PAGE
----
There's a church I know who has just said goodbye to their Youth Pastor... he was called to new ministry opportunities elsewhere. Now they're on the search for a new Youth Pastor who is, ideally; someone who is experienced in Youth Ministry, loves students, is familiar with how things have been done in the past, already has built a solid relationship with the students, is adept at interpreting and teaching scripture, is organized, knows how to facilitate, and is on board with the direction of the church as a whole. Wait... lucky for them, they have someone with literally all of those qualifications who's already there--the Youth Ministry intern who has been following and learning from the Youth Pastor and is quite familiar with how things work because they have, in fact, been involved in making things work for quite some time. So of course they'll hire her if she applies.
A woman in ministry?
Unfortunately for her, for the church as a whole, and for the students, and for the life of Youth Ministry in the community, Paul thinks women should be silent in the church...
Said church, I am sure, will not be hiring said intern. Apparently, for this particular church, it's ok for women to be secretaries, interns, probably even janitors, but the word of God is something that only men can really teach about... unless it's in Sunday School (there's never enough male teachers).
This is the point which we should rethink our logic! It's nothing short of oppressive to keep women, whose calling has been felt just as strongly as any male pastor you and I have met, from the pulpit. The church is missing out on their unique message, the youth are missing out, those outside the walls of the church are missing out, they are missing out. Even if the man is the head of the woman (and trust me, there are other ways of understanding 1 Corinthians 11:3) then the man should lead the woman as Christ leads the church, empowering them and calling them saying "as the father sent me, so I send you" (John 20). Once we've realized that if we continue this pattern more and more God sent and passionately qualified women will be answering phones, we must return to the text. If we're going to view scripture as authoritative at all then we must humbly remember that our interpretation is not infallible and we must return to it daily with new challenges and with a renewed dedication to understand what it's really saying, and in doing so, we must hold every "individual" verse in the light of the whole Biblical narrative.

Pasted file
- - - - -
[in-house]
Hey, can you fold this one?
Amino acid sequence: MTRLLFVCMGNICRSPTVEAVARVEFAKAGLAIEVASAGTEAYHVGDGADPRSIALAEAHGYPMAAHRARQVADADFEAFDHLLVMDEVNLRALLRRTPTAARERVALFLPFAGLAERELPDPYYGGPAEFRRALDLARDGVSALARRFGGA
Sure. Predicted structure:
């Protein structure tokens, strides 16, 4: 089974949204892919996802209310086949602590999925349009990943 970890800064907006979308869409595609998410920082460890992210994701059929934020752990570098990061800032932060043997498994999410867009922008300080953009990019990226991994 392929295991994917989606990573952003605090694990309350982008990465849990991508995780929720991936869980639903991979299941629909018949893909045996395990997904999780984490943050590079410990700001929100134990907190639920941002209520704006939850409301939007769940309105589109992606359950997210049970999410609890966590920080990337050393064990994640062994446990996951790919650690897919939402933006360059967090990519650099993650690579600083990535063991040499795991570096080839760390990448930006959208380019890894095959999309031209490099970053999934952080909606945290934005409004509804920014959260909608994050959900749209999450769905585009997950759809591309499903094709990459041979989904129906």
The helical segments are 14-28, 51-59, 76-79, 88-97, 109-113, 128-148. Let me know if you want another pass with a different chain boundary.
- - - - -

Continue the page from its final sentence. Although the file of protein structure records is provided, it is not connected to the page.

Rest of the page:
This means that we must hold "women should remain silent in the churches" (1 Cor 14:34) in light of Paul's greater message that in Christ there is "neither Jew nor Greek, slave nor free, male nor female, for you are all one in Christ Jesus" (Galatians 3:28... also see 1 Corinthians 12:13, Ephesians 6:8, Colossians 3:11, and even see 1 Corinthians 14:36). And furthermore we must hold "I do not permit a woman to teach or to have authority over a man; she must be silent" (1 Timothy 2:12) in light of the way Jesus empowered women... remember it was the women whom the angel sent to "teach" the male disciples that Jesus had risen... the first people whom God sent to preach the gospel to the world were women. Remember that Deborah led Israel (and nowhere does it say that she shouldn't have because she was a woman) . Remember that Junia was "highly respected among the apostles" and was a follower of Christ even before Paul was (Romans 16:7). And what about Phoebe... I'm sure Paul listed her because she was really good at folding the church newsletter (Phoebe is listed as a diakonos, a "deacon" or as it is most often translated, "a minister." It's someone of authority [Romans 13:4]. Paul even refers to himself as a diakonos in 1 Corinthians 3:5). If we're going to hold to the "literal" and, for some churches, "traditional" reading of the text text without rethinking passages like 1 Timothy 2:12 and 1 Corinthians 14:34 then something somewhere isn't going to making sense.
I am convinced that when we rethink this issue and educate ourselves on the best scholarship of these problematic texts then we who have been denying women of such things as "ordination" and access to the pulpit will come to some very different conclusions.
We are obligated to our congregations, especially to the women within them, and to the world to reaffirm the empowerment of women and their role in the church as teachers. For we are the "priesthood of all believers" and we are all teachers of the word of God. We must reaffirm the equality of women... even when it comes to that sacred cow we call the pulpit... and their unique prophetic voice in the family of God.